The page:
FORT HUNTER LIGGETT, Calif. -- Amber rays of the setting sun showered the Soldiers in light, while the humming of armored vehicles masked their voices. The warriors of the 324th Military Police Battalion gathered around their battalion commander for a rousing speech of dedication and resolve - the time had come to put their training to the test July 25.

The Fresno based unit was tasked with controlling and searching a village for a high value target (HVT) during Warrior Exercise (WAREX) 91 14-03.

With their vehicles lining the dusty roadway, each vehicle commander visually checked their truck's inhabitants for all necessary gear for the mission.

Although this was an exercise, the Soldiers seemed as focused as they would be in an actual battle.

"This training pushes Soldiers to their limits," said San Francisco native, Lt. Col. Christine C. Borgognoni, the commander of the 324th. "The sweat equity of training in this environment helps Soldiers learn."

The commander's words to her troops echoed the realistic vibe of the exercise.

"Today we have the opportunity to change the tide of public opinion," said Borgognoni. "The enemy plays its own game too- all of you need to keep your eyes open and ready to meet the challenge... there is no single hero in this, we are in this together!"

As with real combat operations, the mission was laid out in an operations order prior to preparation.

"We are looking for HVTs said searching for terrorist activities," said Sgt. Daniel R. Wuest, assigned to the 377th MP Company, 391st MP Batt., and attached to the 324th MP Batt. "Including cell phones, and bomb making materials."

As the Soldiers' vehicles approached the village, darkness fell. The gun trucks were positioned around the targeted area, and turrets were directed in overlapping sectors of fire.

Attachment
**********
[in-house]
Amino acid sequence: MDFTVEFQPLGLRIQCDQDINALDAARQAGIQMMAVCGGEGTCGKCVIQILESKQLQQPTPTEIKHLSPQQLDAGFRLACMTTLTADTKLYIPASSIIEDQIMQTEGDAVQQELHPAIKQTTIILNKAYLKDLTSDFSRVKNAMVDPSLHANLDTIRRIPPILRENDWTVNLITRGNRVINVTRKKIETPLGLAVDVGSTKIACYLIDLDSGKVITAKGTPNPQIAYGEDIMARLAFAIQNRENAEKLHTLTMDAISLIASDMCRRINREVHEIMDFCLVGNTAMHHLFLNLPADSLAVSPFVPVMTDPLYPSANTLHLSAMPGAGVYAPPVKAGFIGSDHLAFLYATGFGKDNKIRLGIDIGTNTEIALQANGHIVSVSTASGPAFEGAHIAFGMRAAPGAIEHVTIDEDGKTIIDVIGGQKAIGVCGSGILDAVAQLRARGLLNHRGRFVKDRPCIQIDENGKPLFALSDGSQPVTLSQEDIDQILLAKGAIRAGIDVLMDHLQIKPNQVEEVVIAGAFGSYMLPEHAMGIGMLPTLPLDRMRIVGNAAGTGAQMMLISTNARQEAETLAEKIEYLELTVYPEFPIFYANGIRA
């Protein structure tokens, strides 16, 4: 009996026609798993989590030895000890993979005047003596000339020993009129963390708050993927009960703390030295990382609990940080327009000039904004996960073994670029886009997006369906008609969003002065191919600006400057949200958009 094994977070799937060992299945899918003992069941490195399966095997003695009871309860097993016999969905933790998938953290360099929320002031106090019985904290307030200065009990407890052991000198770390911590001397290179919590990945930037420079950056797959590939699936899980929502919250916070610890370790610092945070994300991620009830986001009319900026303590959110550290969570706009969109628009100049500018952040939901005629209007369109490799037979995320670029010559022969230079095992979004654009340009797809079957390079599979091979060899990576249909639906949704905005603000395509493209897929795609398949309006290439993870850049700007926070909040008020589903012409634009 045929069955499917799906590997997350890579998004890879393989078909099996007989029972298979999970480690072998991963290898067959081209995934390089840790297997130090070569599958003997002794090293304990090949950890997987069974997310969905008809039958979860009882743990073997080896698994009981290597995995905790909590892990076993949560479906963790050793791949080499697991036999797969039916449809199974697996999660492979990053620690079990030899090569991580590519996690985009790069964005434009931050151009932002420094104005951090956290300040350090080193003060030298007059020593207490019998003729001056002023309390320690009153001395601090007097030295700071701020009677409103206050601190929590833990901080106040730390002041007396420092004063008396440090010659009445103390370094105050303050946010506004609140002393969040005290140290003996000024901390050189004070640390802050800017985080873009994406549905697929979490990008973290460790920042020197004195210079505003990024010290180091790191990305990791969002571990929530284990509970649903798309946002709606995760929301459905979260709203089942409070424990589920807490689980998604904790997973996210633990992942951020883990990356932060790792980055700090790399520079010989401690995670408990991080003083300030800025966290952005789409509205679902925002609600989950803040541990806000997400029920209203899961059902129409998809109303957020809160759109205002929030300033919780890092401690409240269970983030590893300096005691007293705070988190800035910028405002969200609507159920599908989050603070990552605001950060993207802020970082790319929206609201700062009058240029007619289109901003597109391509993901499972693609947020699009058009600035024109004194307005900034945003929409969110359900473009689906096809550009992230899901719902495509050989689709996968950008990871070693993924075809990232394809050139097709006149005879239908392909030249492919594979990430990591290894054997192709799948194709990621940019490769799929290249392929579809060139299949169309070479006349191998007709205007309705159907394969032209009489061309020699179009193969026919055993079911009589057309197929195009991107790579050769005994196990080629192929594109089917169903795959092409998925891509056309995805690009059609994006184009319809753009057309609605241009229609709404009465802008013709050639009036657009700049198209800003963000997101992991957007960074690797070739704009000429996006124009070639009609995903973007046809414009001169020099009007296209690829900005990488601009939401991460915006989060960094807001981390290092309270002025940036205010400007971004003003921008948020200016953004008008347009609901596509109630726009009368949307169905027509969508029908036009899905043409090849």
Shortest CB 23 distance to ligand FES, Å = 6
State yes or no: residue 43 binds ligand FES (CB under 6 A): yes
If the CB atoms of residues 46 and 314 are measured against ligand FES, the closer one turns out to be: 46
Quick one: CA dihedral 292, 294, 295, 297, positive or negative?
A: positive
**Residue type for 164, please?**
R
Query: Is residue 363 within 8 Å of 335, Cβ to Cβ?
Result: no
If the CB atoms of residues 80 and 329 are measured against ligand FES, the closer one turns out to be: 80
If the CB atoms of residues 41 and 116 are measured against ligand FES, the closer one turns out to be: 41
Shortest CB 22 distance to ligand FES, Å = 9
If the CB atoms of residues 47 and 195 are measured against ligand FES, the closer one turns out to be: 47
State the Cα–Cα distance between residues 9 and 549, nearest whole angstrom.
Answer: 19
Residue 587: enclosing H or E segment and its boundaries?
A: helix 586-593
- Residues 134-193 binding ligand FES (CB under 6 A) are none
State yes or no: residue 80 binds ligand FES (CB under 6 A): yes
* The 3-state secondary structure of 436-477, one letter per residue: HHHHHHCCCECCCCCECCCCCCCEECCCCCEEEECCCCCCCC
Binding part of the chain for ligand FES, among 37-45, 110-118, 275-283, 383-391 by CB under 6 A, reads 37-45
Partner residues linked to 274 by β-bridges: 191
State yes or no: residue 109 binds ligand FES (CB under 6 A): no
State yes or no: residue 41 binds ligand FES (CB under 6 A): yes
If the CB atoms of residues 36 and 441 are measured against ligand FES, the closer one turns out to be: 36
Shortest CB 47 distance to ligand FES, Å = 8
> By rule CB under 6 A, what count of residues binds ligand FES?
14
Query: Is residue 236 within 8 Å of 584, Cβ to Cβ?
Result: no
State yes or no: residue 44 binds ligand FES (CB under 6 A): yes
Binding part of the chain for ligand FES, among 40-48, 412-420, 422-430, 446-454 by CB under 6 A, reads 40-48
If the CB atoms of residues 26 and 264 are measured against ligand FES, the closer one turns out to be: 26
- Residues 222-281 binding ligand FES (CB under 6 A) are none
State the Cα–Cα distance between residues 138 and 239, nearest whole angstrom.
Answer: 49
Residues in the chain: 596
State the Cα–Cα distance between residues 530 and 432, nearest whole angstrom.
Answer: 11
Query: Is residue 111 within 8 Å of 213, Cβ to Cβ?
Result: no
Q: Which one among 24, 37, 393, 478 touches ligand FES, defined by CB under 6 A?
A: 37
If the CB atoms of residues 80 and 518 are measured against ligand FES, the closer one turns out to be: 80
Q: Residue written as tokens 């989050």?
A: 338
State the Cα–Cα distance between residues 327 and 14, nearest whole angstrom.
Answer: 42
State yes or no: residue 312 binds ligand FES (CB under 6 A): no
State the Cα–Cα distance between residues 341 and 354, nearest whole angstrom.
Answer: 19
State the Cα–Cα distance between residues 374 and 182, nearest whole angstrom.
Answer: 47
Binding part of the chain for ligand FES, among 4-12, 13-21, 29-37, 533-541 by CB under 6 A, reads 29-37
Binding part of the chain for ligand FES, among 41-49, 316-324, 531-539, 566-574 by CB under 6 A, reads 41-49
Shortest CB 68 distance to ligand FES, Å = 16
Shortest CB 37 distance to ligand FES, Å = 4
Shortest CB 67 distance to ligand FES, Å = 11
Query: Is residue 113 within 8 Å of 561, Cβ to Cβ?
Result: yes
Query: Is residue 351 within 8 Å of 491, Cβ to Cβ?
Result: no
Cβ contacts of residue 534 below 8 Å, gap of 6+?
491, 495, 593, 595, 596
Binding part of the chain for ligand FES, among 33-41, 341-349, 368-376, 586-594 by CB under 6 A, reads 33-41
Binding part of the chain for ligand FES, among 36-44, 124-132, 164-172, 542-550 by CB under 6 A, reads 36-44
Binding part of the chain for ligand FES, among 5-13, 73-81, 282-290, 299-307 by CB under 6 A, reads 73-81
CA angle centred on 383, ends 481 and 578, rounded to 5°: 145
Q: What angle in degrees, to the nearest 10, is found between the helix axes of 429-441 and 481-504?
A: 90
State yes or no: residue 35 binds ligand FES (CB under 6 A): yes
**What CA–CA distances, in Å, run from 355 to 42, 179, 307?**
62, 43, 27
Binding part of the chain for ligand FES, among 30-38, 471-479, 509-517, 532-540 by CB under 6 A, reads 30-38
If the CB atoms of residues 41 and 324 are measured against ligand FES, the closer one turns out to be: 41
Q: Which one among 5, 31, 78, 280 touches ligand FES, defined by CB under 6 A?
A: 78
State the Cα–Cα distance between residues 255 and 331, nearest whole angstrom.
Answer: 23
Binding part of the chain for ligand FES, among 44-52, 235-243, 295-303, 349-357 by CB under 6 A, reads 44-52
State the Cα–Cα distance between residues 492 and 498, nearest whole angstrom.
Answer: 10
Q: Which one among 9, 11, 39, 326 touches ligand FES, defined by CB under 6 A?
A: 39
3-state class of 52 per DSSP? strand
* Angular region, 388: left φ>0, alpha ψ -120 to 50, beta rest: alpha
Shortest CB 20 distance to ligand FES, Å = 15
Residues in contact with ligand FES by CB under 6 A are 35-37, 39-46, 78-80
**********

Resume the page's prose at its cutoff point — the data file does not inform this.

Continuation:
Swiftly and methodically, the MPs ran in four-to-five man fire teams to their assigned portions of the village.

Lined against each building in a porcupine like formation- Soldiers' rifles jutted in every direction. After securing the exterior of each building, they poured through each door, systematically controlling each room.

Although the teams had drilled for four days leading up to the operation, there were still obstacles to overcome.

"Overcoming communications issues was tough," said Wuest "It helps us prepare to overcome issues when deploying by making us think outside the box."

When entering a few buildings, the Soldiers encountered opposition role players, who successfully engage some of the assaulting Soldiers.

Medical training, as well as detainee operations are part of this exercise as well.

When a Soldier is injured, even when simulated, the focus immediately turns to treating and moving the casualty to a safe location.

"We actually CASEVAC'd (casualty evacuation) the casualty to Milpitas (a neighboring forward operations base) and will have to pick up the casualty the next day," said Wuest.

Once a hostile actor is captured, the MPs moved them in the same manner as they would in combat.

"We went through the steps of searching, detaining and moving the HVT to the extraction point," said Harrison, Ohio, native Wuest.

The WAREX's mission is to simulate a wartime environment to prepare Soldiers for any upcoming deployments.

"This was similar to my 05-06 deployment to Iraq," said Staff Sgt. Aaron M. Golden, a squad leader of the 414th MP Co., from Joplin, Missouri. "The convoy ops (operations) and presence patrols - its nice to refresh skills."

U.S. Forces are dedicated to the protection of the civilian population, and the WAREX training reinforces this stance.

"Soldiers accomplished the mission, while showing restraint when necessary," said Borgognoni. "The highlight for me, is the integration of different (MP) companies to have the fire power to accomplish the mission... And that is what the MP Corps is all about."